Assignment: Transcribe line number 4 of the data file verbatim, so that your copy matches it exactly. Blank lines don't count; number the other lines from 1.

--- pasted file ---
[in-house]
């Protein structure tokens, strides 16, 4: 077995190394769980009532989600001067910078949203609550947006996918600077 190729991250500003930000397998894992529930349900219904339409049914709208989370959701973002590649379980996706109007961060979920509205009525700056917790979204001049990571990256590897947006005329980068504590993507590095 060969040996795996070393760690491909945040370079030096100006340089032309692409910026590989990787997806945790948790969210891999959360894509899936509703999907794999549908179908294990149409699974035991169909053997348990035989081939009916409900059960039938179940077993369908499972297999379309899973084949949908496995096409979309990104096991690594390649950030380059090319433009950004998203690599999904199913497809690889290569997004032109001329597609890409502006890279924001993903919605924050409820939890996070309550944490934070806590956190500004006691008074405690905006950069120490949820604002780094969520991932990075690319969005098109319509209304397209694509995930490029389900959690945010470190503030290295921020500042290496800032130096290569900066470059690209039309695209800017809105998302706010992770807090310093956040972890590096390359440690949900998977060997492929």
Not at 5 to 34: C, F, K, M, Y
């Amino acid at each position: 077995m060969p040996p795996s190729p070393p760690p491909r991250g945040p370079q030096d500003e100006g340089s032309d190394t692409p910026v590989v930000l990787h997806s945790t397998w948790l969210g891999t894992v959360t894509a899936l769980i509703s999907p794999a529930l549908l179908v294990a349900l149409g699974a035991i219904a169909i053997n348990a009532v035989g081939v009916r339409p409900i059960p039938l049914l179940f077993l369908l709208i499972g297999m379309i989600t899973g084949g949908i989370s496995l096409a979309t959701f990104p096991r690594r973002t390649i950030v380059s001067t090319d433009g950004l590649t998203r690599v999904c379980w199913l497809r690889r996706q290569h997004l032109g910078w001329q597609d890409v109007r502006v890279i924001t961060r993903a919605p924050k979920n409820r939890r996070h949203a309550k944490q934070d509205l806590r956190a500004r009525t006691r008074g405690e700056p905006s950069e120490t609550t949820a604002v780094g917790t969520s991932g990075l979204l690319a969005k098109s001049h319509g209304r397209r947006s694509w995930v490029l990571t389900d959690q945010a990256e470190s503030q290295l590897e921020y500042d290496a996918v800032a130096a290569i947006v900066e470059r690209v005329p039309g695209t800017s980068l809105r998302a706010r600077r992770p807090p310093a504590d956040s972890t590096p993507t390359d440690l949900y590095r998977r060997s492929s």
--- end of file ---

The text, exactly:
């Amino acid at each position: 077995m060969p040996p795996s190729p070393p760690p491909r991250g945040p370079q030096d500003e100006g340089s032309d190394t692409p910026v590989v930000l990787h997806s945790t397998w948790l969210g891999t894992v959360t894509a899936l769980i509703s999907p794999a529930l549908l179908v294990a349900l149409g699974a035991i219904a169909i053997n348990a009532v035989g081939v009916r339409p409900i059960p039938l049914l179940f077993l369908l709208i499972g297999m379309i989600t899973g084949g949908i989370s496995l096409a979309t959701f990104p096991r690594r973002t390649i950030v380059s001067t090319d433009g950004l590649t998203r690599v999904c379980w199913l497809r690889r996706q290569h997004l032109g910078w001329q597609d890409v109007r502006v890279i924001t961060r993903a919605p924050k979920n409820r939890r996070h949203a309550k944490q934070d509205l806590r956190a500004r009525t006691r008074g405690e700056p905006s950069e120490t609550t949820a604002v780094g917790t969520s991932g990075l979204l690319a969005k098109s001049h319509g209304r397209r947006s694509w995930v490029l990571t389900d959690q945010a990256e470190s503030q290295l590897e921020y500042d290496a996918v800032a130096a290569i947006v900066e470059r690209v005329p039309g695209t800017s980068l809105r998302a706010r600077r992770p807090p310093a504590d956040s972890t590096p993507t390359d440690l949900y590095r998977r060997s492929s």